As women leave pandemic economy, returning to work, higher wages will be a struggle
DETROIT — Tanisha Loyd, a Detroit mom of two, has been on leave from her job in customer service since mid-September, without pay or benefits.Loyd, 29, remains at home full time with her children — keeping her kindergartner on track with online school and caring for her 1-year-old. She doesn’t have the option to work from home and doesn’t expect to return to work until Jan. 4. But even that depends on if her child’s school is in person or remains virtual.Loyd says the pandemic is a “battle” for working moms, forcing her to choose between a job to help sustain her household or being there for h...
Detroit Free Press
Time to relive the garage parties of your youth. Chicagoans are remodeling outdoor spaces to socialize safely as winter approaches.
CHICAGO — After spending months working from home in tight quarters with her two college-aged children, Katie Wrobel began to worry about how the three would make it through winter confined in the same living space.That’s when Wrobel began to see potential in a neglected part of her Evanston property: a 100-year-old detached garage.“I was inspired by the garage parties of my youth," said Wrobel, who’s in her 50s. “I had to do something because if they were home for extended periods of time during the winter and had no access to outdoor socializing … Well, then, it was going to be bad for every...
Are Americans actually more productive working from home?
Americans might be working more at home because they don’t have to commute, said a recent study published by the Becker Friedman Institute for Economics at the University of Chicago.The institute’s report — based on surveys and other data — said extra time not driving was mainly given to extra work. It said even if people are working less at home, they are still more productive not spending time in their cars.Nicholas Bloom, an economist at Stanford University who worked on the study, said his conclusion was Americans were too hard on themselves with their work-from-home productivity.Still, ma...
The San Diego Union-Tribune
What will 9 more months without Amazon workers mean for Seattle's downtown?
SEATTLE — For many business owners struggling to survive the pandemic’s upending of office work, news that downtown Seattle’s biggest employer had extended its work-from-home policy by six months is yet another blow.Many small businesses have already adjusted to the absence of Amazon workers — along with those of many other downtown companies — and their appetites for coffee, food, an after-work drink and other services. But scores of others have succumbed, and business leaders said that without help, more will fail in the coming months.“We’ve already endured six months, with some help from th...
The Seattle Times
Microsoft planning 'hybrid workplace' to expand work from home policy
Microsoft has become one of the largest companies that will expand its work from home policy, including making it permanent for some workers.The company said it plans to adopt a “hybrid workplace” environment that will give workers greater flexibility in the future after the coronavirus pandemic ends.“Flexibility can mean different things to each of us, and we recognize there is no one-size-fits-all solution given the variety of roles, work requirements and business needs we have at Microsoft,” Microsoft Executive Vice President Kathleen Hogan wrote in a blog post. “To address this, we have pr...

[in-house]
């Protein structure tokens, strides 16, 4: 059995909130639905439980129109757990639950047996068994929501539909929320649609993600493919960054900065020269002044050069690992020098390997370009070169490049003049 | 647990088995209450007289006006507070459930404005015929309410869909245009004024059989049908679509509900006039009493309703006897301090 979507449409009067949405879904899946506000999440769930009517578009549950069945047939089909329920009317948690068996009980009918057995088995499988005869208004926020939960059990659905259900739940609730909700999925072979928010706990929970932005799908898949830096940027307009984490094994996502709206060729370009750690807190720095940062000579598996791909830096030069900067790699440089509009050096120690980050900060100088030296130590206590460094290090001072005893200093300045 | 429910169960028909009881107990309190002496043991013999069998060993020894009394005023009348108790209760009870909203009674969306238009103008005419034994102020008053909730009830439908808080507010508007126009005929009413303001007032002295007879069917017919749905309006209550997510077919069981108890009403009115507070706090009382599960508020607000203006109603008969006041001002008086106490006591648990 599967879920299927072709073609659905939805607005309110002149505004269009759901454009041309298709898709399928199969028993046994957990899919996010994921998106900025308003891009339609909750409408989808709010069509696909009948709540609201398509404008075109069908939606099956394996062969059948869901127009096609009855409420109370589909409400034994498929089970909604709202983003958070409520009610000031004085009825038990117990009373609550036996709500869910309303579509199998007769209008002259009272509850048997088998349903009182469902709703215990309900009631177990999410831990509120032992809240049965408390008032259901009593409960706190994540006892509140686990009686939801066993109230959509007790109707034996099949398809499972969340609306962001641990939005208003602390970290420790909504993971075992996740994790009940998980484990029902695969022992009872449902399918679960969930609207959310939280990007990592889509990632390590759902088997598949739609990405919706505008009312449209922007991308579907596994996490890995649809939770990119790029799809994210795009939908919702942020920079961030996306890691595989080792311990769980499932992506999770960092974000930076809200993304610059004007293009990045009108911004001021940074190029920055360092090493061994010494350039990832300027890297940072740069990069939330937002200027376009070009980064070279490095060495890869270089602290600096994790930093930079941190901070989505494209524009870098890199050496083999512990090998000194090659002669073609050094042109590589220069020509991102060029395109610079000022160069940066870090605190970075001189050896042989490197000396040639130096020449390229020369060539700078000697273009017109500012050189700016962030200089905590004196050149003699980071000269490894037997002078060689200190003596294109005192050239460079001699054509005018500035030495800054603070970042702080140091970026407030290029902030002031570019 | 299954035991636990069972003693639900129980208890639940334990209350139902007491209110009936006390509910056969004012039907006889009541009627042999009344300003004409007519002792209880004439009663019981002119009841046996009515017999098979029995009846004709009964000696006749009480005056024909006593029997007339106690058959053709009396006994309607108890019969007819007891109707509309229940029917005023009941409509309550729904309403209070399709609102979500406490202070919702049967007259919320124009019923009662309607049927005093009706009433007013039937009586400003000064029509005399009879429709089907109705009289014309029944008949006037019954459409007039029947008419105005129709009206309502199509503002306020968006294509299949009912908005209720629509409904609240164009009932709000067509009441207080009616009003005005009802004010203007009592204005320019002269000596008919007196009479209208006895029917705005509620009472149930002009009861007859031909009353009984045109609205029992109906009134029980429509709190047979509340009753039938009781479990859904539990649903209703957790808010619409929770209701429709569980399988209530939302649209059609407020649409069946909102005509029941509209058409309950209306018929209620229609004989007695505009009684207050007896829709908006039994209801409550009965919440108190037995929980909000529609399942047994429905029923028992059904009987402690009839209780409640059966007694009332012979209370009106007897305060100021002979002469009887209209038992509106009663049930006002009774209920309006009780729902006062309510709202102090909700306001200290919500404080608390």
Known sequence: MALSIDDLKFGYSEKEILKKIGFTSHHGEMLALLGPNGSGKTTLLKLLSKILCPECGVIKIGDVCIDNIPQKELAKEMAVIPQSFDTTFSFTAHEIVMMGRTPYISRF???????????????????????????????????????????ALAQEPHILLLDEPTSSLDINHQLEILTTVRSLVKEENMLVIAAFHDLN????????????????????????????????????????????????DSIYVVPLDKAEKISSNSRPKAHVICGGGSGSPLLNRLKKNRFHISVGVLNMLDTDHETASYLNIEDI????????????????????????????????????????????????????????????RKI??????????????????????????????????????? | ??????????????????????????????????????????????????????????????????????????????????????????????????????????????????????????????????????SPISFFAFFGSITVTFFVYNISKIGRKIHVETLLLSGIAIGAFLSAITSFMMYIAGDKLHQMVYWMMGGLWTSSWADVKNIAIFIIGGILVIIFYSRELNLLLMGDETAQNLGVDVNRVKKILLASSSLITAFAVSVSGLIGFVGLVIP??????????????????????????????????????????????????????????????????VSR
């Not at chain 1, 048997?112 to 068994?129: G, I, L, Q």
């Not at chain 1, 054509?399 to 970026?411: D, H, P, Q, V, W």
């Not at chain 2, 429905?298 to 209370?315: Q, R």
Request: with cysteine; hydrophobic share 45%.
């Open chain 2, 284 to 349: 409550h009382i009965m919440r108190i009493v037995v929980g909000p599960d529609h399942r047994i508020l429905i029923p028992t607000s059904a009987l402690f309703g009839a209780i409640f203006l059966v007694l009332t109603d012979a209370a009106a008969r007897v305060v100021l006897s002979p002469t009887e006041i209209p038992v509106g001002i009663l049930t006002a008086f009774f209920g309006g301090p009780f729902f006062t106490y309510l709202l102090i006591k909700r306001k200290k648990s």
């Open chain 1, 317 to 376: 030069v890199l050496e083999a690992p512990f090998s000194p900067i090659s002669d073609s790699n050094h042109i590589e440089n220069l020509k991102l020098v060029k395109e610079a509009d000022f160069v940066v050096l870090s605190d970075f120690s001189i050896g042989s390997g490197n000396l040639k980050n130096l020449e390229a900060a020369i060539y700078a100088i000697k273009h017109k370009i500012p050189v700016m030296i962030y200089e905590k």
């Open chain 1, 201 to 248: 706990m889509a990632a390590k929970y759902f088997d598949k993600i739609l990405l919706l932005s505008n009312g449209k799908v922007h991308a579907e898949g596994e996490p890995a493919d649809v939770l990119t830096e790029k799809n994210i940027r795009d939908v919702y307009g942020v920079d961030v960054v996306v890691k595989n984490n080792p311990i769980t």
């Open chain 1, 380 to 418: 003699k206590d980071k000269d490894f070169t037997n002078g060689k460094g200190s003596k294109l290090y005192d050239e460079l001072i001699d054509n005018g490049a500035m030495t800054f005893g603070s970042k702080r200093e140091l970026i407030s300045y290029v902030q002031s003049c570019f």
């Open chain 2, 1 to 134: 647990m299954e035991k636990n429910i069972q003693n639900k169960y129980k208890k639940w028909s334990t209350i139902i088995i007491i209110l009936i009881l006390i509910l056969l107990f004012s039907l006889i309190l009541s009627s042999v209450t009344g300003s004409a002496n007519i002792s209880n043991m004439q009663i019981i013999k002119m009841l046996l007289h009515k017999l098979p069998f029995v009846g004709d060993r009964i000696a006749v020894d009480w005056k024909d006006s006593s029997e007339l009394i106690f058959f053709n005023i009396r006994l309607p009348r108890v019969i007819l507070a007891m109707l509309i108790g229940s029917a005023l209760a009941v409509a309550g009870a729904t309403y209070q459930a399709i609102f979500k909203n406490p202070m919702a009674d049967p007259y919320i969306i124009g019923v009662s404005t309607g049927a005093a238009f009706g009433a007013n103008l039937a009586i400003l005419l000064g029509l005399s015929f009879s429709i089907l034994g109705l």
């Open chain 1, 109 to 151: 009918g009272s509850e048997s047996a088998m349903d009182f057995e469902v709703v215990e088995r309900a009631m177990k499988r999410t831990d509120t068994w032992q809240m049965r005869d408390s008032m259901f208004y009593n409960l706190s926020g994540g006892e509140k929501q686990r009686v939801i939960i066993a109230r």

New York Daily News
From speedier Wi-Fi to new bikes: As the pandemic drags on, companies paying for work-from-home perks beyond the basics
CHICAGO — When Ben Meeder bought a new ride from a bicycle shop earlier this summer, his employer footed the bill.The purchase was part of a $700 stipend software company ServiceNow gave its employees to improve their well-being during the isolating and seemingly unending pandemic.ServiceNow’s stipend increased from $500 in July, right around the time it became clear to many companies that employees would remain remote until at least 2021. ServiceNow is not alone.Six months into the coronavirus pandemic and with no return to the office in sight, employers are realizing that working remotely th...
What will happen to Seattle's empty office towers when COVID-19 ends?
SEATTLE — As many white-collar employers extend into next year the work-from-home policies they instituted in response to the coronavirus pandemic, a vast amount of vertical space in downtown Seattle is leased but empty.The vacant space amounts to more than 700 football fields, by one estimate — acres of desks, with knickknacks and mementos that few but cleaning staff, maintenance crews and interior landscapers have seen for nigh on six months.It’s not clear when workers might begin trickling back into that space or what could become of it in the meantime. “If anyone tells you they know what’s...
The Seattle Times
Fearing COVID-19, educators go up against colleges to teach remotely
ATLANTA — Crystal Robinson and Vanessa Williams aren’t teaching at Athens Technical College this semester because of a dispute that highlights the ongoing battle in Georgia and other states between educators and administrators over allowances for employees who are worried about being infected with COVID-19 to work remotely.Both instructors submitted letters several months ago from their physicians saying they had medical conditions that could increase their chances of being infected with the disease if they were on campus.The college says the instructors were slow or didn’t respond to informat...
The Atlanta Journal-Constitution